Although we laugh about it now, New Year's Eve 1999 found millions around the world anxious about what would happen to computer systems if their internal clocks failed to roll over to 2000. People withdrew cash from their banks in case ATM's wouldn't work. People were concerned about public utilities failing. People feared communications networks would break down. Most of us didn't really understand what the issues were, but everything sounded pretty serious if it actually happened. I imagine that the change from the year 999 to the year 1000 also brought its own apocalyptic fears.
At any rate, my husband and I were far away from home and family on that fateful New Year's Eve. Yes, if any catastrophes had occurred, our children were on their own! My husband and I were in Italy, as a matter of fact, doing some preliminary reconnaissance for the spring academic quarter when we would be leading a group of students for two months around Italy.
New Year's Eve found us in the compact and wonderful hill town of Todi.
As the evening rolled on, and the new year arrived in Japan and Australia and India, it became obvious that the world's infrastructure had made the leap into 2000. Everyone relaxed and began to enjoy the festivities.
My husband and I first dined in a subterranean restaurant near the town's main square. A memorable, set dinner, boasting several delicious courses and the type of Italian table wine that makes you want to have wine with every single meal.
After eating, we walked back up to the main piazza and mingled with the crowd. The weather was crisp but not Chicago-cold, so walking and mingling was popular. As we meandered around the piazza, city workers passed through the crowd and passed out plastic flutes of champagne! (Perhaps it was Prosecco, but equally lovely.) I personally considered this the nicest touch of the whole evening. Sipping and strolling, we absorbed the magical atmosphere in Todi as the clock approached midnight.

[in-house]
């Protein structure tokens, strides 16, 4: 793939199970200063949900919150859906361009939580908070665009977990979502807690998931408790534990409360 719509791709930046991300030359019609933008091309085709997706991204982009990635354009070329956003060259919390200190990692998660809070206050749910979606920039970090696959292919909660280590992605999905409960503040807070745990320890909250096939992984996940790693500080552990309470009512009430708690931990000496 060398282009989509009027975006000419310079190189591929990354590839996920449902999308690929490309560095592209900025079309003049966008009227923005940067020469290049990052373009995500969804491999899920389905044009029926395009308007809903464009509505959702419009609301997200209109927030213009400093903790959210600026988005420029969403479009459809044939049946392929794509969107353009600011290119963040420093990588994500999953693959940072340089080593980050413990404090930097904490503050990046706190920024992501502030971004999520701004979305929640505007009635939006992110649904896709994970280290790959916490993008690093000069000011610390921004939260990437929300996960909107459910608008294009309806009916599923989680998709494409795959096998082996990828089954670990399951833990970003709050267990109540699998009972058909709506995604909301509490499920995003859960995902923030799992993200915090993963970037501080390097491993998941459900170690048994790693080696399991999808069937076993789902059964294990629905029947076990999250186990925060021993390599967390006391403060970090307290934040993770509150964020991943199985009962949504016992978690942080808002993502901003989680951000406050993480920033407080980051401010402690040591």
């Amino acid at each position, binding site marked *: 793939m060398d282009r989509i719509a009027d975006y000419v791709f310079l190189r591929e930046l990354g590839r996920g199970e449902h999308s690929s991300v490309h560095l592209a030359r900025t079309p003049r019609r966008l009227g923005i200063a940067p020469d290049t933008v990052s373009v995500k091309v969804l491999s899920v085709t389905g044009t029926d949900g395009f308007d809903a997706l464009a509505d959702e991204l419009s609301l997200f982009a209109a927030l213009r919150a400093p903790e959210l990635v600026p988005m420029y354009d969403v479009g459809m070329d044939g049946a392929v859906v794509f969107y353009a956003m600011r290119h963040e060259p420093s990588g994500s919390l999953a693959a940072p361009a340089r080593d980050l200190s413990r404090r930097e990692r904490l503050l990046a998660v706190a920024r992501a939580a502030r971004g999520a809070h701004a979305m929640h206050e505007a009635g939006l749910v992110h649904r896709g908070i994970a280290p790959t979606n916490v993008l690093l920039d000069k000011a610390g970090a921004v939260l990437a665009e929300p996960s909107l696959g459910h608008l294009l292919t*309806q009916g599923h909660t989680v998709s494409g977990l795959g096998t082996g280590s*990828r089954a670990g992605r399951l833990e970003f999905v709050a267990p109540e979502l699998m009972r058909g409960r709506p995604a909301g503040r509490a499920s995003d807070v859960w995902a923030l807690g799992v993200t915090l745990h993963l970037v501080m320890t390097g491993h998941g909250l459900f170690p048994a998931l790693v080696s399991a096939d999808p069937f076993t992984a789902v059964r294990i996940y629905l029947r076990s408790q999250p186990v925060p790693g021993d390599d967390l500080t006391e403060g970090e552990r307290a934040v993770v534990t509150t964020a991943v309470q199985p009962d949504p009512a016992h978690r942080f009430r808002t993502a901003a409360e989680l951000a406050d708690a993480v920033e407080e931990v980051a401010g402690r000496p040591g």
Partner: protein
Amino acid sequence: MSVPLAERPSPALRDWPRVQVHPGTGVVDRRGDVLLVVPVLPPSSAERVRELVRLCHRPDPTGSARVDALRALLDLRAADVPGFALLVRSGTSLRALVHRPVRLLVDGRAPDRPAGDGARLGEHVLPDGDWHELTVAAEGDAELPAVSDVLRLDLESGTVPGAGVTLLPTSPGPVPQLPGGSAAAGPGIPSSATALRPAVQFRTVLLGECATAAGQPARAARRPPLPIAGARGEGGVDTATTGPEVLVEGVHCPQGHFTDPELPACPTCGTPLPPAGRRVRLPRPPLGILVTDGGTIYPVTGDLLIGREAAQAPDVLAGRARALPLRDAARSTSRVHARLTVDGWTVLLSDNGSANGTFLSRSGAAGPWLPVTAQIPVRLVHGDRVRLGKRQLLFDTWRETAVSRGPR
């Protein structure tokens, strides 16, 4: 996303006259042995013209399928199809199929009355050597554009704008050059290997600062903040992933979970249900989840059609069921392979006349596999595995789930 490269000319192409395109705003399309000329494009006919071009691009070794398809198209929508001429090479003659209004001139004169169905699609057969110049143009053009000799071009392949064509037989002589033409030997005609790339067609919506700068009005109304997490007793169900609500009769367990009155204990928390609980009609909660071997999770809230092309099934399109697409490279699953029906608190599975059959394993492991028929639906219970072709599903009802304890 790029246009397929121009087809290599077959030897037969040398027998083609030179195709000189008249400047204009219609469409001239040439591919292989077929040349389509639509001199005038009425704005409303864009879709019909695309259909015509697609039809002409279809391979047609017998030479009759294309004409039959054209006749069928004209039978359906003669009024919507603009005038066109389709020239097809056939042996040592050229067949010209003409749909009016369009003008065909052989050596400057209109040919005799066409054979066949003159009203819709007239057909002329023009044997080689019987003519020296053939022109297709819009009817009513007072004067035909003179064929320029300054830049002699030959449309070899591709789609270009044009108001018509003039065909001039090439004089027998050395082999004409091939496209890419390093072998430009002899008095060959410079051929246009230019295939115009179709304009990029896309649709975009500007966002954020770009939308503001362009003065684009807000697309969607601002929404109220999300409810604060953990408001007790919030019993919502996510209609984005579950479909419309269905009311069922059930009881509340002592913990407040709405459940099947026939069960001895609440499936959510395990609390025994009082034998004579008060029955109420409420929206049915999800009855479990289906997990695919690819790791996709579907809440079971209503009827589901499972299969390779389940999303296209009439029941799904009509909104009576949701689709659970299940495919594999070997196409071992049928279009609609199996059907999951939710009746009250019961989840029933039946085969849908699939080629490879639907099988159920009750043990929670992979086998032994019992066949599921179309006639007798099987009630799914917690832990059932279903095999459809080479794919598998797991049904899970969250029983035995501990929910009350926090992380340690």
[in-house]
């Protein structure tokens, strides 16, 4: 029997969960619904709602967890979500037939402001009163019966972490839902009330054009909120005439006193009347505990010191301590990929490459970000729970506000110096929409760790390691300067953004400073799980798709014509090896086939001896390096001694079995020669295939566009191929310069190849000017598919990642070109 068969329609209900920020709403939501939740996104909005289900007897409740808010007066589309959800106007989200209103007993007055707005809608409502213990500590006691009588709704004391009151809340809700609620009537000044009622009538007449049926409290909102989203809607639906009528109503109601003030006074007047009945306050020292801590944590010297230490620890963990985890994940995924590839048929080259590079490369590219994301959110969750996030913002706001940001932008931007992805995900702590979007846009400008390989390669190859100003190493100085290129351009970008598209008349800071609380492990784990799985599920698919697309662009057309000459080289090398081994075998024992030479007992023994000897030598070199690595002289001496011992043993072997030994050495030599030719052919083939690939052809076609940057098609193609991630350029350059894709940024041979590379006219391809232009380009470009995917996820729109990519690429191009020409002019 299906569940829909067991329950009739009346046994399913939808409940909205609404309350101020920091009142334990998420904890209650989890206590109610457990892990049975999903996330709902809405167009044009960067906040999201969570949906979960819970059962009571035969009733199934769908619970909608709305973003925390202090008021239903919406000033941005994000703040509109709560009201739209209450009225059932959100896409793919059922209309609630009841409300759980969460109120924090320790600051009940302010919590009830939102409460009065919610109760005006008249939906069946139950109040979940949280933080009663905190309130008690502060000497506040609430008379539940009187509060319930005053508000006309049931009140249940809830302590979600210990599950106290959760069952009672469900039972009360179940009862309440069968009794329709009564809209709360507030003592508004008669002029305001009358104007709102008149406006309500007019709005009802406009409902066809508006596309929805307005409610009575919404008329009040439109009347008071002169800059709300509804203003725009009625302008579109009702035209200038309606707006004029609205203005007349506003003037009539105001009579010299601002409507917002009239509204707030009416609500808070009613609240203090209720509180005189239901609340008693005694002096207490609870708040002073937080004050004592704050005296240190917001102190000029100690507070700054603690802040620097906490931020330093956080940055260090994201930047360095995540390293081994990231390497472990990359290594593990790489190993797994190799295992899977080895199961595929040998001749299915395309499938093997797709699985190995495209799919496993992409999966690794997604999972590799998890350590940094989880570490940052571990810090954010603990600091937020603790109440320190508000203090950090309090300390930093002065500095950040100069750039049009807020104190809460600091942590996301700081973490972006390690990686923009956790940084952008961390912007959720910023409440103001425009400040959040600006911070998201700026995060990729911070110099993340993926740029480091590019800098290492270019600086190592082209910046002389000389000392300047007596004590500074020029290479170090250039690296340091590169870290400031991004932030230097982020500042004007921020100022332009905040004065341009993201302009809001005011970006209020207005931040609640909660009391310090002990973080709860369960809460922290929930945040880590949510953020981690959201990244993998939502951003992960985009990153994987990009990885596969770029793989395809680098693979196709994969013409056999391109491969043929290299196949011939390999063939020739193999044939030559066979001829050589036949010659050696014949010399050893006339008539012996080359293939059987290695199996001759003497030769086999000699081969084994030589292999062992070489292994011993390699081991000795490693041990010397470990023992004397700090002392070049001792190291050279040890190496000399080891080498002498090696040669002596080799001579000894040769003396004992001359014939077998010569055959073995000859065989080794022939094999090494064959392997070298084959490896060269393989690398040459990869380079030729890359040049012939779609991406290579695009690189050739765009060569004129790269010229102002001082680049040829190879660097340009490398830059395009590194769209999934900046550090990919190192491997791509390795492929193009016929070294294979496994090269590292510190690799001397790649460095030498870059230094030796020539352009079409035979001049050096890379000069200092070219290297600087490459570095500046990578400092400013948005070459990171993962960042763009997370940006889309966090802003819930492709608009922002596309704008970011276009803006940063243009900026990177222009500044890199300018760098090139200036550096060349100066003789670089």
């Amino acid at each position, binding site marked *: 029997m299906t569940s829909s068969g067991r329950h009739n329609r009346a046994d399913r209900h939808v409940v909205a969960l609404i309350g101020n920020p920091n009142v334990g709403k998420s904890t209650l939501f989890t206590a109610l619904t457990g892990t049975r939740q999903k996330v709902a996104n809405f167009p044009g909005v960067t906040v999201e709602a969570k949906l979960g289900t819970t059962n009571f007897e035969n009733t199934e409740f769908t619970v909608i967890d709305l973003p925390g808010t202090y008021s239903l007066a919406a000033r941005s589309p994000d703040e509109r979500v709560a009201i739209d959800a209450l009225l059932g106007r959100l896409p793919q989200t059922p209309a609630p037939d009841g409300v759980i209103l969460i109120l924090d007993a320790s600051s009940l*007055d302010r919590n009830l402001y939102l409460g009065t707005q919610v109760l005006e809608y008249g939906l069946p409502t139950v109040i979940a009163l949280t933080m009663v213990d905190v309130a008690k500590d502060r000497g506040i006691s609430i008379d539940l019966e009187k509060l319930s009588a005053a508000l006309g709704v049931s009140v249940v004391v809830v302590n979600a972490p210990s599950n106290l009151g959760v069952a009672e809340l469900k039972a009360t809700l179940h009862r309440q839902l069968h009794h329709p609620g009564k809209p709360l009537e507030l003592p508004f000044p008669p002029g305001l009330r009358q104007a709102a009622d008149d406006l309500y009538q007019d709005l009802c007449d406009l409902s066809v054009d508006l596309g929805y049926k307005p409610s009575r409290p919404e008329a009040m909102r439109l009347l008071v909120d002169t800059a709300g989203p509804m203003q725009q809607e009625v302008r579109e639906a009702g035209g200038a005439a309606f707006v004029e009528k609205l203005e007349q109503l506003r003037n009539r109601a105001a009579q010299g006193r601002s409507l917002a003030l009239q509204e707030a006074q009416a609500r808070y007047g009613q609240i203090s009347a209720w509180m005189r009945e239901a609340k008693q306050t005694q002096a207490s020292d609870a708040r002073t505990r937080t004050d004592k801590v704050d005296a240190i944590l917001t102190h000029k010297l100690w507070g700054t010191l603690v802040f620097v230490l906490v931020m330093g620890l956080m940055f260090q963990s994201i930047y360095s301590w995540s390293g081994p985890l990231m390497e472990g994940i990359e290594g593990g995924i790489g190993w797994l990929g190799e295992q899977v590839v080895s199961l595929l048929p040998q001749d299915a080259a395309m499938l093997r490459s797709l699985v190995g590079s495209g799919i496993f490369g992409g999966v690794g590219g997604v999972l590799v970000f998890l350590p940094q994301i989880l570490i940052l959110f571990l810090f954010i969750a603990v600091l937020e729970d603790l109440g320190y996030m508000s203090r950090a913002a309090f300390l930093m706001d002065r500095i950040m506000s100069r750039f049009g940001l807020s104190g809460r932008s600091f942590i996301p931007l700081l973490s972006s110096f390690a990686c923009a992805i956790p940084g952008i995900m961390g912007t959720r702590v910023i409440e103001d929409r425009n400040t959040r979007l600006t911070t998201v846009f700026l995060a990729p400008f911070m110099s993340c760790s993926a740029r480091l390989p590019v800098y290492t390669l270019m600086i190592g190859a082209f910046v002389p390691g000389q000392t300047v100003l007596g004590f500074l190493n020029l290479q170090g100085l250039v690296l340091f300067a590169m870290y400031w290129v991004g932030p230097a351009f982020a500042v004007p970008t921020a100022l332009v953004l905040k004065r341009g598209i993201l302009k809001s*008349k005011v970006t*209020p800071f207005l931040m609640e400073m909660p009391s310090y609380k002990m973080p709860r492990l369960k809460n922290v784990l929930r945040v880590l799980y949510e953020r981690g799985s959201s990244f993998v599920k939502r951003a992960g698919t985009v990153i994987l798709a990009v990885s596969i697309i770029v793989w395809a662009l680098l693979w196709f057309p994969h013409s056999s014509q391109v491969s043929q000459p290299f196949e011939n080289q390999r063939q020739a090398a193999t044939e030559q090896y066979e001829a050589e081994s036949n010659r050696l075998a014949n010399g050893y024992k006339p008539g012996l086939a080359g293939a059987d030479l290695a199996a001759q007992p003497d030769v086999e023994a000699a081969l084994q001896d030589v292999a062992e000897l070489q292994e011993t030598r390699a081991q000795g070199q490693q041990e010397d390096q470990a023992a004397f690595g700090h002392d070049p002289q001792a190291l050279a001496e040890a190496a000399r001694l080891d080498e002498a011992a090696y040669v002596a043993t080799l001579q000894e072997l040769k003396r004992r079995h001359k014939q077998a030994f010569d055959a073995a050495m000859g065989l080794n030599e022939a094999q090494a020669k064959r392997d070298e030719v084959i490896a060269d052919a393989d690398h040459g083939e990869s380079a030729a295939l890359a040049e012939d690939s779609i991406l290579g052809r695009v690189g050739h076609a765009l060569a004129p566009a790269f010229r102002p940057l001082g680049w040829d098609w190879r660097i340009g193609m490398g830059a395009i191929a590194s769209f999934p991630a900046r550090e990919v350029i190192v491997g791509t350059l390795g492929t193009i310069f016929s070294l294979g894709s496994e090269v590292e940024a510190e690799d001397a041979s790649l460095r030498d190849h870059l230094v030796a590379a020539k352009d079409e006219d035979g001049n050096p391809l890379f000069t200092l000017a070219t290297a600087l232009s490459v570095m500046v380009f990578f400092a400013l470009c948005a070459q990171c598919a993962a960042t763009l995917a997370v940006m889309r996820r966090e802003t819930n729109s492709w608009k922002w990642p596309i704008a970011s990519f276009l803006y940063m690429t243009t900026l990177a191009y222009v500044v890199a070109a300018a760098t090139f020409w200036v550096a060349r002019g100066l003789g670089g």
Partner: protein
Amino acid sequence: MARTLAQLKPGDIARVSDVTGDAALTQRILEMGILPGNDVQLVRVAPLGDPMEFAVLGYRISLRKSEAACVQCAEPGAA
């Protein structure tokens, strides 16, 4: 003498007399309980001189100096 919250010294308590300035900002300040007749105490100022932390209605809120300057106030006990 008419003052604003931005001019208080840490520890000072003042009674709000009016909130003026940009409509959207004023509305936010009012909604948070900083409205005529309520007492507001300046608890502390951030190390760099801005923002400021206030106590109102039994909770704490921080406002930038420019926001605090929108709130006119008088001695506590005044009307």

At one end of the piazza, a stage had been erected, and the tech crew were putting the finishing touches on the band's equipment. Soon the minutes had dwindled down to five. More champagne/Prosecco circulated through the crowd. More folks gathered in the piazza. Finally, the countdown! Midnight arrived, kisses were shared, greetings were spoken, and the fireworks began!
Todi is really a very small Italian hill town. It's quite vertical, so the main piazza truly is the focus of the public life of the town. That night, it seemed that the entire population had gathered in the piazza, yet the feeling was open and festive rather than jam-packed and claustrophobic. Once the fireworks finished, the band began to play, and everyone just danced around in their own free-spirited way whilst sipping on their drinks. Suddenly it struck me that this was a town party, in the very best way. No concerns about crowd violence or other threats. Just friends and neighbors and a scattering of tourists, laughing, dancing, drinking, and celebrating together.
New Year's Eve 1999 remains my ideal of a good public celebration. We could never have something like that here, but it cheers me every year to think that the budget for the town of Todi includes free Prosecco in the piazza at the New Year. Buon anno! Auguri!